Impact of mesoscale ocean currents on sea ice in high-resolution Arctic ice and ocean simulations
Article first published online: 20 SEP 2012
This paper is not subject to U.S. copyright. Published in 1999 by the American Geophysical Union.
Journal of Geophysical Research: Oceans (1978–2012)
Volume 104, Issue C8, pages 18409–18429, 15 August 1999
How to Cite
1999), Impact of mesoscale ocean currents on sea ice in high-resolution Arctic ice and ocean simulations, J. Geophys. Res., 104(C8), 18409–18429, doi:10.1029/1999JC900158., , and (
- Issue published online: 20 SEP 2012
- Article first published online: 20 SEP 2012
- Manuscript Accepted: 28 APR 1999
- Manuscript Received: 14 MAR 1997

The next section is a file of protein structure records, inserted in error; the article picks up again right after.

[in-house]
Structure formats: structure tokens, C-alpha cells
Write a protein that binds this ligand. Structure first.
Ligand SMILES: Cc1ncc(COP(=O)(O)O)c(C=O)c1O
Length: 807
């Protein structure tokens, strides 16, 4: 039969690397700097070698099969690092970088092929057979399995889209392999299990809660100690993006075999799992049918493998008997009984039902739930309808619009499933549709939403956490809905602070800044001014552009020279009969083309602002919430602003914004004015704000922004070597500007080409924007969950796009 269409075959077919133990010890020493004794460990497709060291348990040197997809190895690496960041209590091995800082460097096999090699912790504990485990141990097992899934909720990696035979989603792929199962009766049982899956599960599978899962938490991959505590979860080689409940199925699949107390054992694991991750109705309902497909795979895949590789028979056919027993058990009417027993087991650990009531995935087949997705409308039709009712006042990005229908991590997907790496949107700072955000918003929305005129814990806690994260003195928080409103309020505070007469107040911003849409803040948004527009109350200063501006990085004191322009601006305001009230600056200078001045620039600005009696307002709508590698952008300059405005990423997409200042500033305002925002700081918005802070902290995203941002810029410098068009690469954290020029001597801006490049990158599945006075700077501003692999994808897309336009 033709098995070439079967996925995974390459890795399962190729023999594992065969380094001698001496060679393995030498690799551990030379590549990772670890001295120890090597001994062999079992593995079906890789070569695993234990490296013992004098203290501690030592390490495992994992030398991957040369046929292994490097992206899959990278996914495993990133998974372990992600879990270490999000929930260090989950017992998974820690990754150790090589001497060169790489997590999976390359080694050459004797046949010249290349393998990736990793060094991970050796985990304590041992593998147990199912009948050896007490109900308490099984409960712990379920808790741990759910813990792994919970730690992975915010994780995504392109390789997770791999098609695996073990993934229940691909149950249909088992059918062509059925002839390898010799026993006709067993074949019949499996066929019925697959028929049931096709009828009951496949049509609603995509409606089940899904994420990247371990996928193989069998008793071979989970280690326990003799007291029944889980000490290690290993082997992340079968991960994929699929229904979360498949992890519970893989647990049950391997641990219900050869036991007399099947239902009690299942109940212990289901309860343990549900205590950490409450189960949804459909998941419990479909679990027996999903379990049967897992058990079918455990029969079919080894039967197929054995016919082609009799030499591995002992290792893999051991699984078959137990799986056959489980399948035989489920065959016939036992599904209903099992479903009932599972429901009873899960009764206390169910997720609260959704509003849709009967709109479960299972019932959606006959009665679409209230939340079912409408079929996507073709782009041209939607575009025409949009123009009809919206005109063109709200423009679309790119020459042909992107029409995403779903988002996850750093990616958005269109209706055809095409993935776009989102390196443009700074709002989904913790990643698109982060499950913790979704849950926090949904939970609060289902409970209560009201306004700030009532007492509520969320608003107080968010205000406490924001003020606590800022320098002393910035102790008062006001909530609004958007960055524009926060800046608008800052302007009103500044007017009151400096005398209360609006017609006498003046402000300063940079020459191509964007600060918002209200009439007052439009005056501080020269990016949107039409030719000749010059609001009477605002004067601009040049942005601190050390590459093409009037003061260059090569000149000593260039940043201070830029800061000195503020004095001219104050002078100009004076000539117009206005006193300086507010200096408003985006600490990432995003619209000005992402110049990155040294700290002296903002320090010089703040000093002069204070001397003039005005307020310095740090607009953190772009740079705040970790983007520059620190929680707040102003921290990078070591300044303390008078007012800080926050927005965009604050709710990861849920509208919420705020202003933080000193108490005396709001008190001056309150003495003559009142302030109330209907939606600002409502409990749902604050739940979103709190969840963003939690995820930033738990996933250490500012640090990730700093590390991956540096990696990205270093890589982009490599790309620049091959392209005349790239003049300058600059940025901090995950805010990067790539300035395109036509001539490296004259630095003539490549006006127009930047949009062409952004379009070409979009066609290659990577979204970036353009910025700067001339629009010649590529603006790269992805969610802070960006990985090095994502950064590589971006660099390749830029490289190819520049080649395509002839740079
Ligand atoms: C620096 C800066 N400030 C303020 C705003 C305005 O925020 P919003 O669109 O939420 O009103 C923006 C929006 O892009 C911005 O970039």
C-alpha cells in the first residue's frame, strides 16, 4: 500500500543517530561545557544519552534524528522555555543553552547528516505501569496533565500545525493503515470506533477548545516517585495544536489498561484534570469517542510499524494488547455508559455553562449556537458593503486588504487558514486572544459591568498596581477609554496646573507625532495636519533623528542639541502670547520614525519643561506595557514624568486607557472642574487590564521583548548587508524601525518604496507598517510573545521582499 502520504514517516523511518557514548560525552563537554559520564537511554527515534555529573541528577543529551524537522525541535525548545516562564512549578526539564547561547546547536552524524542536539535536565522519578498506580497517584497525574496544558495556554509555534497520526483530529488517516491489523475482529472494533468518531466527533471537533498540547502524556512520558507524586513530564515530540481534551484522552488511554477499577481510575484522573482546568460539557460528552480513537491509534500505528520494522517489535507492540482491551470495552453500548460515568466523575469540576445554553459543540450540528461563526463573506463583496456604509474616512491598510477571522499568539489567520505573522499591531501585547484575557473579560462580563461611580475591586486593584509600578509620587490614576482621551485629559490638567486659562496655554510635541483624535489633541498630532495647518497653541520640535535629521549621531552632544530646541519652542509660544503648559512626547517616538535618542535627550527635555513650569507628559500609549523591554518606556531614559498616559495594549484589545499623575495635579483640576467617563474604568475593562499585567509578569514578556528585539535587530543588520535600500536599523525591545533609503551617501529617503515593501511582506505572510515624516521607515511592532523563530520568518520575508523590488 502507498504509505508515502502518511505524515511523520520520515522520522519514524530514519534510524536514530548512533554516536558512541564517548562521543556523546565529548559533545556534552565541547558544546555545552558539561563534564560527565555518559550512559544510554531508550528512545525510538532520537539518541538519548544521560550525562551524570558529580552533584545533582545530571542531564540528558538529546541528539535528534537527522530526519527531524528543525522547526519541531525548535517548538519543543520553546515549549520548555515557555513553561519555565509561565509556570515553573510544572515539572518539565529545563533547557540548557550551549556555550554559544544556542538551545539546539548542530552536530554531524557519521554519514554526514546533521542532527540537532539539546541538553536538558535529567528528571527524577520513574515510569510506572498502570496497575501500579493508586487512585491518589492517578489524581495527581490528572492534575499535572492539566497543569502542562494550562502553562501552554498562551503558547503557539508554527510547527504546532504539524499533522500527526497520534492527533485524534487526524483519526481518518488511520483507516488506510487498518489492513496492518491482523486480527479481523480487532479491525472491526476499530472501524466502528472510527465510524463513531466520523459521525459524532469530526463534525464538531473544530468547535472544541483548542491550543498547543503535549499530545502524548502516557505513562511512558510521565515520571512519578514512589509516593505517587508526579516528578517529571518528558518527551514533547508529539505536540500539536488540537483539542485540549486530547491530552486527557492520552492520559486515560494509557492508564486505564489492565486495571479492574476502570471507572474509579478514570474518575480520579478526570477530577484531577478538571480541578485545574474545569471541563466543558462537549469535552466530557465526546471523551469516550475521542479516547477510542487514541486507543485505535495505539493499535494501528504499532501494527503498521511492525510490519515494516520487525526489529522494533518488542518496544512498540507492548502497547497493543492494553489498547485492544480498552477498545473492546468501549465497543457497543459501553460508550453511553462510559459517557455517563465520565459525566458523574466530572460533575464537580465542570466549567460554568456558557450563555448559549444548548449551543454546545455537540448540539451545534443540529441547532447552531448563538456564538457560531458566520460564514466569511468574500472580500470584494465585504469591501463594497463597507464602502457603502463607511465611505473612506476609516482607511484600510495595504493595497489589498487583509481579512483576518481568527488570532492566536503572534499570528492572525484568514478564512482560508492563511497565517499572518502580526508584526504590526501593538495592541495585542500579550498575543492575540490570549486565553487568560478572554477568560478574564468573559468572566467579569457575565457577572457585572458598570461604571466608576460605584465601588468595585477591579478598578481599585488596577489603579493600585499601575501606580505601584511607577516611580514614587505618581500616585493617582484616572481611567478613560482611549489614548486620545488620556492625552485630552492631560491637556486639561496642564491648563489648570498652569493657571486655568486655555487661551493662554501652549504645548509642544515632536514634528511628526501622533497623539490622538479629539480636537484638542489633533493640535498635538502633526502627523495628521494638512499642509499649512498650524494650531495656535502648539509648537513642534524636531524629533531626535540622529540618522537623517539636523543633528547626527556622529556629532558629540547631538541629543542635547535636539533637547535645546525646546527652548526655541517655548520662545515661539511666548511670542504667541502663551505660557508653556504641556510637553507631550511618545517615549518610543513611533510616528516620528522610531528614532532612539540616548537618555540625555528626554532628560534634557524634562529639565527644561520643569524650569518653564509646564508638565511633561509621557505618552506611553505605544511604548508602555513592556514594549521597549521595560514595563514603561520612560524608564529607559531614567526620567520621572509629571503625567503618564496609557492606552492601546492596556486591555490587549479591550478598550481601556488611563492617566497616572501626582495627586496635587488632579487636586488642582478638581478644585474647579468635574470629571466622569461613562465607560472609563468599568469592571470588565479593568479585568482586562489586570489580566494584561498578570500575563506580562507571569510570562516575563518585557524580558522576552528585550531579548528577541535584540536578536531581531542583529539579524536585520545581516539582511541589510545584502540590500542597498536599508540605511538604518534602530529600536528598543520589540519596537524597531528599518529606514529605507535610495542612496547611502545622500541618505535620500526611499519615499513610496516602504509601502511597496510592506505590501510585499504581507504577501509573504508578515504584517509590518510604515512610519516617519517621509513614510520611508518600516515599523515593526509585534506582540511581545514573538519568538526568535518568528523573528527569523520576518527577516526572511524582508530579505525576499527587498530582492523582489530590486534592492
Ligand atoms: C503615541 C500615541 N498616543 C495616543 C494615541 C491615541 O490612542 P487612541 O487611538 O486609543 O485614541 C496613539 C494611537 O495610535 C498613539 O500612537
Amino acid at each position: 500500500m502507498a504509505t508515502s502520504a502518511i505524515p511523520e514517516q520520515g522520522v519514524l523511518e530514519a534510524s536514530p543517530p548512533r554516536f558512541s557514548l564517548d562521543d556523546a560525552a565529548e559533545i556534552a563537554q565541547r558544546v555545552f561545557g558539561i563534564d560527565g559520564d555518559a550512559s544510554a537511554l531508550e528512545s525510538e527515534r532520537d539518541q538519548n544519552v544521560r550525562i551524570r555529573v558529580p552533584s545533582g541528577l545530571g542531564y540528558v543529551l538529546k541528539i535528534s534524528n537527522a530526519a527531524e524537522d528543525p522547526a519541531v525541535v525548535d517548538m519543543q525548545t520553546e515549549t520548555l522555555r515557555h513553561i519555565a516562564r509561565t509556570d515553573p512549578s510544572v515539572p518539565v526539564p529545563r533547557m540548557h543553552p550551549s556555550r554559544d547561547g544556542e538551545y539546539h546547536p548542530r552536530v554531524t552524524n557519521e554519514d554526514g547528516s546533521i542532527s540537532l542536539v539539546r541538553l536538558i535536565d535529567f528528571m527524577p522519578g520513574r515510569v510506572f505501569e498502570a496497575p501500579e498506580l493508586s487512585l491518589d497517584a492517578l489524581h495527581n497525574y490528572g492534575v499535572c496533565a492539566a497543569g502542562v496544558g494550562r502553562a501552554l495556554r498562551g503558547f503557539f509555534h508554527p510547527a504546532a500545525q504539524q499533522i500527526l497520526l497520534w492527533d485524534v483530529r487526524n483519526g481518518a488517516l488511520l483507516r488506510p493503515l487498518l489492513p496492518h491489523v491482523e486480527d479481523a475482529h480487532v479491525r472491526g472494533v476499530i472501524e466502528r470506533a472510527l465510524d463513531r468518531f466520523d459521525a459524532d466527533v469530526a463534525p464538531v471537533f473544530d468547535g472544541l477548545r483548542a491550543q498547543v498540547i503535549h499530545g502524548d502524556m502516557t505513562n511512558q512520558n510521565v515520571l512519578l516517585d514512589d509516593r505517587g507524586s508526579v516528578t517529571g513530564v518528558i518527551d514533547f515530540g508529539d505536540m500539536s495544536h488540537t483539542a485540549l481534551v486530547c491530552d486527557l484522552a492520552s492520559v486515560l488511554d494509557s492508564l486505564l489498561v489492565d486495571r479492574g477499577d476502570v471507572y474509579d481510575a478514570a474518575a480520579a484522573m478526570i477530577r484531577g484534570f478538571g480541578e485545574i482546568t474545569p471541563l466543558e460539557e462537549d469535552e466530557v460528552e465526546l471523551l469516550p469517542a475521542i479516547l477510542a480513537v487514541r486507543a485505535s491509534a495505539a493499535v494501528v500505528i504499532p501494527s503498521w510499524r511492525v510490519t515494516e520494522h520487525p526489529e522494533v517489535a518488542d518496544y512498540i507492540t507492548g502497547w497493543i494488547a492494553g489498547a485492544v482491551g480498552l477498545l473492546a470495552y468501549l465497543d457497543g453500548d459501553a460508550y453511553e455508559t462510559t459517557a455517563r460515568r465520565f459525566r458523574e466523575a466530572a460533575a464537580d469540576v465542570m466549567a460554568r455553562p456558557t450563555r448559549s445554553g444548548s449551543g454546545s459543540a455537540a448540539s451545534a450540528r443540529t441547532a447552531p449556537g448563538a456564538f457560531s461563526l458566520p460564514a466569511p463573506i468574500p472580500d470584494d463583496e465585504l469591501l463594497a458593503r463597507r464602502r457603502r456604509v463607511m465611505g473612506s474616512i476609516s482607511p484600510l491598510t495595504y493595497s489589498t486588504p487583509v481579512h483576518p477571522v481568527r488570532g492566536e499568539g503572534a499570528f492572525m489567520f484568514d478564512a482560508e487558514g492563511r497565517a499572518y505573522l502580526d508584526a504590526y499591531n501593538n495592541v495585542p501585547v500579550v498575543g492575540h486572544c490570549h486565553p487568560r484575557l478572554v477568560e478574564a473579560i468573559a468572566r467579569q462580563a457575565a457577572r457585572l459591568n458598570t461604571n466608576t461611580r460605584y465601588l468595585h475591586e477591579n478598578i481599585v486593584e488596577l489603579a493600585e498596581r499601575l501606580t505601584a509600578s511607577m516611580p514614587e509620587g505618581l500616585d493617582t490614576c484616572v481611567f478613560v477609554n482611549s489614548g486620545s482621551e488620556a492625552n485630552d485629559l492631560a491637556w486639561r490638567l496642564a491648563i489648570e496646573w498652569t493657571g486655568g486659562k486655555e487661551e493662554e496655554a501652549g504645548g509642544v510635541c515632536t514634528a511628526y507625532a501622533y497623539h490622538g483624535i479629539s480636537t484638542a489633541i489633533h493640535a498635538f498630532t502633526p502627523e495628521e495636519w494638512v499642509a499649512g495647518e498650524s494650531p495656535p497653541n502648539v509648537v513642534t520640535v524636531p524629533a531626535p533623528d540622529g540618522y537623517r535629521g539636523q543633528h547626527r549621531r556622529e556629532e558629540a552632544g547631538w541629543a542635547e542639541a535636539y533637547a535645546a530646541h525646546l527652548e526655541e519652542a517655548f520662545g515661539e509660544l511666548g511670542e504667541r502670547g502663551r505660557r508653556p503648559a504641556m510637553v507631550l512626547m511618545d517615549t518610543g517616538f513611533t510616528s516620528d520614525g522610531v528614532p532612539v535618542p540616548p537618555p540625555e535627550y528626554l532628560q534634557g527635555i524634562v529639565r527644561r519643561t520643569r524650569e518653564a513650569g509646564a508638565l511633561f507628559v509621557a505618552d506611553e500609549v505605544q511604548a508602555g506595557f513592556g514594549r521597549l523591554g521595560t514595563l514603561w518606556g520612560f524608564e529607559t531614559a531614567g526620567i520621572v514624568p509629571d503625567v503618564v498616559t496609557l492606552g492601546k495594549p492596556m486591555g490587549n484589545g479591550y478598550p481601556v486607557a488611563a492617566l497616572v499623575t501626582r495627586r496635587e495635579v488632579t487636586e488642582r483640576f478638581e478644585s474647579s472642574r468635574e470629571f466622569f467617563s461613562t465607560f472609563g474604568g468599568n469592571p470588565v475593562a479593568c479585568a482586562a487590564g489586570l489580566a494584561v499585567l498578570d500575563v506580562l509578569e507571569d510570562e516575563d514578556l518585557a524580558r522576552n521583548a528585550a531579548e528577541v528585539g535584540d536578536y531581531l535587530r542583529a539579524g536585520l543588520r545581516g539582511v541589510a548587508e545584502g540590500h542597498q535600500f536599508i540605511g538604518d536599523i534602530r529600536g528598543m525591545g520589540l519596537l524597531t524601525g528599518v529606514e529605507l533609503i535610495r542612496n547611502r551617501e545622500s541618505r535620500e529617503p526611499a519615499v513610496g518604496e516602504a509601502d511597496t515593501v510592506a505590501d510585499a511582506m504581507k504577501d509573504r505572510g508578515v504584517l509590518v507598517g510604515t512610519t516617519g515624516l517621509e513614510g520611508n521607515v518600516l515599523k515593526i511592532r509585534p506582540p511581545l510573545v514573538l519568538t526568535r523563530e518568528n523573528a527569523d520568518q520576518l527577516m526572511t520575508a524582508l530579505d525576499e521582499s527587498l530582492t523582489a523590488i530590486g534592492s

A high-resolution sea ice model is designed for simulating the Arctic. The grid resolution is ∼18 km, and the domain contains the main Arctic Ocean, Nordic Seas, Canadian Archipelago, and the subpolar North Atlantic. The model is based on a widely used dynamic and thermodynamic model with more efficient numerics. The oceanic forcing is from an Arctic Ocean model with the same horizontal resolution as the ice model and 30 levels. The atmospheric forcing is from 3-day average 1990–1994 European Centre for Medium-Range Weather Forecasts operational data. Results from the ice model are compared against satellite passive-microwave observations and drifting buoys. The model realistically simulates ice tongues and eddies in the Greenland Sea. The mesoscale ocean eddies along the East Greenland Current (EGC) are demonstrated to be responsible for the presence of ice eddies and tongues out of the Greenland Sea ice edge. Large shear and divergence associated with the mesoscale ice eddies and strong ice drift, such as the one above the EGC, result in thinner and less compact ice. The mesoscale ocean eddies along the Alaskan Chukchi shelf break, the Northwind Ridge, and the Alpha-Mendeleyev Ridge are major contributors to mesoscale reduction of ice concentration, in addition to atmospheric storms which usually lead to a broad-scale reduction of ice concentration. The existence of mesoscale ocean eddies greatly increases nonuniformity of ice motion, which means stronger ice deformation and more open water. An eddy-resolving coupled ice-ocean model is highly recommended to adequately simulate the small but important percentage of open water in the Arctic pack ice, which can significantly change the heat fluxes from ocean to atmosphere and affect the global climate.